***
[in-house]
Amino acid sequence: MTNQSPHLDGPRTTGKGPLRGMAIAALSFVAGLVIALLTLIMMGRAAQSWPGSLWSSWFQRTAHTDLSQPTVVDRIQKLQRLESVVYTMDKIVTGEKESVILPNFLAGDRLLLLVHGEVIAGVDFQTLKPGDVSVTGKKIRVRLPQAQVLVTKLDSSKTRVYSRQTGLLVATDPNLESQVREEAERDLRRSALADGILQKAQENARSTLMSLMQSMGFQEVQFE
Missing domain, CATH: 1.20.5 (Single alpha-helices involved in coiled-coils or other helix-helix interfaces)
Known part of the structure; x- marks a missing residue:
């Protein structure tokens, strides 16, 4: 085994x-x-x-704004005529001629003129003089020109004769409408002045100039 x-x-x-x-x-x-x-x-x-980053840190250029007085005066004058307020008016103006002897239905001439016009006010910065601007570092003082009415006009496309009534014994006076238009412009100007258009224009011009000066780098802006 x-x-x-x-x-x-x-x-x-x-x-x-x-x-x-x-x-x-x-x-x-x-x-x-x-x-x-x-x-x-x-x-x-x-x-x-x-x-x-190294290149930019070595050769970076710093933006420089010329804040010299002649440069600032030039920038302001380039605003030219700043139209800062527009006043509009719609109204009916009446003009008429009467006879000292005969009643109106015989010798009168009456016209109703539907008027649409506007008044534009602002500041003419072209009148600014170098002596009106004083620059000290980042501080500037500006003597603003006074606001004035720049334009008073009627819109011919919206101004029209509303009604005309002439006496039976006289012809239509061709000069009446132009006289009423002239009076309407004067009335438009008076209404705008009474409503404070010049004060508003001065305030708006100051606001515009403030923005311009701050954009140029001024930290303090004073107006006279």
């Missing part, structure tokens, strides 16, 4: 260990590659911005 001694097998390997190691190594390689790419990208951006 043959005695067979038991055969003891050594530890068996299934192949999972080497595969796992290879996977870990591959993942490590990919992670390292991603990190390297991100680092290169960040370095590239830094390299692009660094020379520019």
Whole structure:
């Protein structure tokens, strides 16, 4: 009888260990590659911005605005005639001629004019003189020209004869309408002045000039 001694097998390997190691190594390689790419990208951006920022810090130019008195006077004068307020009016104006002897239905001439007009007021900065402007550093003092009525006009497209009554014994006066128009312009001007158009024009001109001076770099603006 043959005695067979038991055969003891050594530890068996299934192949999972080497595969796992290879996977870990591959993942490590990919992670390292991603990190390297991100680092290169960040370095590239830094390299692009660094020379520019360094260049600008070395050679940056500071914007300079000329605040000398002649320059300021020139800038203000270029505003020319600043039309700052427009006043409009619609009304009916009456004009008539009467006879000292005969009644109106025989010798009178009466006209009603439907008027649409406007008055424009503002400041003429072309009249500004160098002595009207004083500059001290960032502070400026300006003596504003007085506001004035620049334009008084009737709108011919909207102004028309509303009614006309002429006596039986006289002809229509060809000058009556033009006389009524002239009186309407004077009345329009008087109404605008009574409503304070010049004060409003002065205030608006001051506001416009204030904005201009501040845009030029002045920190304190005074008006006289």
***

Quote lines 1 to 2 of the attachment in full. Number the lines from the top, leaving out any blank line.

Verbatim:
[in-house]
Amino acid sequence: MTNQSPHLDGPRTTGKGPLRGMAIAALSFVAGLVIALLTLIMMGRAAQSWPGSLWSSWFQRTAHTDLSQPTVVDRIQKLQRLESVVYTMDKIVTGEKESVILPNFLAGDRLLLLVHGEVIAGVDFQTLKPGDVSVTGKKIRVRLPQAQVLVTKLDSSKTRVYSRQTGLLVATDPNLESQVREEAERDLRRSALADGILQKAQENARSTLMSLMQSMGFQEVQFE